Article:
I want to make something clear from the outset: what follows is not a defence of the International Criminal Court (ICC). Seriously. It may sound like one or be interpreted as one, but it is not one. What follows is an attempt to clarify what actually happened last week when states at the latest African Union (AU) summit adopted an “ICC Withdrawal Strategy”. In doing so, they set parts of the internet ablaze with a new round of reports of a mass exodus of states from the ICC and the Court’s pending demise. It’s not going to happen — at least not now.
First, let’s tackle the actual resolution of the AU adopting the ICC Withdrawal Strategy. It is purposefully weak. Like, really, really weak. The non-binding resolution includes reservations from eight states. As Elise Keppler has pointed out, “Nigeria, Senegal, and Cape Verde ultimately entered formal reservations to the decision adopted by heads of state. Liberia entered a reservation to the paragraph that adopts the strategy, and Malawi, Tanzania, Tunisia, and Zambia requested more time to study it.” That’s a lot of reservations.
Further, the resolution’s operative paragraph declares that the Assembly of the AU “ADOPTS the ICC Withdrawal Strategy along with its Annexes and CALLS on member states to consider implementing its recommendations”. There are few things weaker in the vernacular of international legalese than calling on states to consider something.
But what about the ICC Withdrawal Strategy that was adopted? Its title certainly sounds menacing. But in substance, it is anything but. For one, it doesn’t actually call on a mass withdrawal of states from the Court. Here’s what the Strategy lists under “objectives”:
In reading the strategy, it is difficult not be left with the impression that African states remain engaged with the ICC. It certainly doesn’t sound like they’re collectively jumping ship. That’s because the Strategy reads like a largely reasonable list of possible reforms to the Rome Statute and the Court. Indeed, the arguments contained within the Strategy should be taken seriously and continue to be debated. There are at least a handful that should be acceptable to the Court and its champions, such as the long-standing request from Kenya to include “regional criminal jurisdictions” in the section of the Rome Statute’s pre-amble pertaining to the principle of complementarity. More attention also needs to be paid to the fact that the majority of the grievances and concerns expressed within the Strategy ultimately relate to the ICC’s relationship with the UN Security Council.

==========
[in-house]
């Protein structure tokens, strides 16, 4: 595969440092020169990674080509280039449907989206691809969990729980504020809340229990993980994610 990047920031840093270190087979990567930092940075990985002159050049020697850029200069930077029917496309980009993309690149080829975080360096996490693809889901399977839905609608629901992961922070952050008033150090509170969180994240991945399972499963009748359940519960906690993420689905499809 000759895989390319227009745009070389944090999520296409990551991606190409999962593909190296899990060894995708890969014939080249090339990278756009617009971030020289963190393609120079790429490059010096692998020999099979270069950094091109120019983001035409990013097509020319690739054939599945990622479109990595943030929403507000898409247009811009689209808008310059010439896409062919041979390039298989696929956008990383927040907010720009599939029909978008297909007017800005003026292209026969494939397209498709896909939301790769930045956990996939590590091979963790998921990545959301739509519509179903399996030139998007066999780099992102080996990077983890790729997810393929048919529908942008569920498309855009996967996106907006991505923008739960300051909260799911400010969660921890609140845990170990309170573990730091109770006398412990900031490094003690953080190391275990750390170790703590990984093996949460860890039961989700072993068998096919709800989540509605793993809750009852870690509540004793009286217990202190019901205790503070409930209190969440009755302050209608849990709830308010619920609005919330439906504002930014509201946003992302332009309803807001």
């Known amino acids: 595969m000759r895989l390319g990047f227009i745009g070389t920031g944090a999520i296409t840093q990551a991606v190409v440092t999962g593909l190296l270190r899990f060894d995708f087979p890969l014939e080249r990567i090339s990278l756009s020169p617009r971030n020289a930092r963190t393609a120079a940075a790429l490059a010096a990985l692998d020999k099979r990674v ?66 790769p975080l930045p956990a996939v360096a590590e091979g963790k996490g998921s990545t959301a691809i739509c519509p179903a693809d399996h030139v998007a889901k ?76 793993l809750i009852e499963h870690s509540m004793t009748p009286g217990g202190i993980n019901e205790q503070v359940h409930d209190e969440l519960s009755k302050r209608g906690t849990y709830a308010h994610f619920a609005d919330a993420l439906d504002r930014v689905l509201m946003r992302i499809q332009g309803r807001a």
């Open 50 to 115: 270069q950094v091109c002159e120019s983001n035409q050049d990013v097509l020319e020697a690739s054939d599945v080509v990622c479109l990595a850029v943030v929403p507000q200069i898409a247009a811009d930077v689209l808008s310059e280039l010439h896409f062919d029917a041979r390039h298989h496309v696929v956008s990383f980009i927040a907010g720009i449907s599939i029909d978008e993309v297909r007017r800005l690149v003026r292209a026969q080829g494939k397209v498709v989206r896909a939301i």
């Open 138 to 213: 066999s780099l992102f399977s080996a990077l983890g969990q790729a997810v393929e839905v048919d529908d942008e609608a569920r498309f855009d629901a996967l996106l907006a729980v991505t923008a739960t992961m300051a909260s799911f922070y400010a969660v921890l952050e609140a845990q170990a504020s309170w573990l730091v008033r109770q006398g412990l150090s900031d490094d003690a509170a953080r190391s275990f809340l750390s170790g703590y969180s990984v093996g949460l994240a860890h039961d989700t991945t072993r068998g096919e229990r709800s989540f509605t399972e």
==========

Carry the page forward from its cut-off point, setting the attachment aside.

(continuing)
Perhaps the most unfortunate aspect of the Strategy is its misleading title. It is difficult, if not impossible, to read it and conclude that it proposes a roadmap for states to withdraw en masse from the Court. It really should be called “ICC Reform Proposals” or something similar. However, is clear that certain states prefer to muddy the waters and perhaps even want the media and observers to dramatize the possibility of a mass withdrawal. Advocates of the Court shouldn’t play into that game and, instead, ought to focus on encouraging African ICC member-states to advocate more accurate, and less inflammatory, titles for their documents and resolutions. That alone would help re-balance the narrative.
Finally, it is worth stressing that, irrespective of their interest in the ICC, some African states have expressed concern over the AU’s attempts to influence their membership in the Court. Geoffrey Onyeama, Foreign Minister of Nigeria, which is under preliminary examination by the ICC, described his country’s views:
Nigeria is not the only voice agitating against it; in fact, Senegal is speaking very strongly against it. Cape Verde and other countries are also against it. What AU did was to set up a committee to elaborate a strategy for collective withdrawal. After, Senegal took the floor, Nigeria took the floor, Cape Verde and some other countries made it clear that they were not going to subscribe to that decision. Each country freely and willingly acceded to the Treaty and not all of the members of the AU acceded; each country acceded individually, exercising its own sovereign right. So, if each country wants to withdraw, it has the right to do that individually. AU, which was not a party to the Rome Statute that established the court, should not be developing a strategy for a collective withdrawal for something that each country entered into individually. Those who feel they want to withdraw should do that individually.
In assessments of the Africa-ICC relationship, an almost universal truth of international relations is often ignored: states don’t like being told what to do by supra- and international organizations. African states are no different. They respect the sovereign right of states to sign up to whatever treaties they want to and their sovereign right to withdraw from them. But it irks them to be told what to do — including on the ICC.
In the end, then, the AU adopted a resolution with eight reservations that recommended that its member-states consider withdrawing from the ICC by adopting a non-binding “ICC Withdrawal Strategy” that should probably just be called “ICC Reform Proposals”. The result was purposefully incendiary but weak.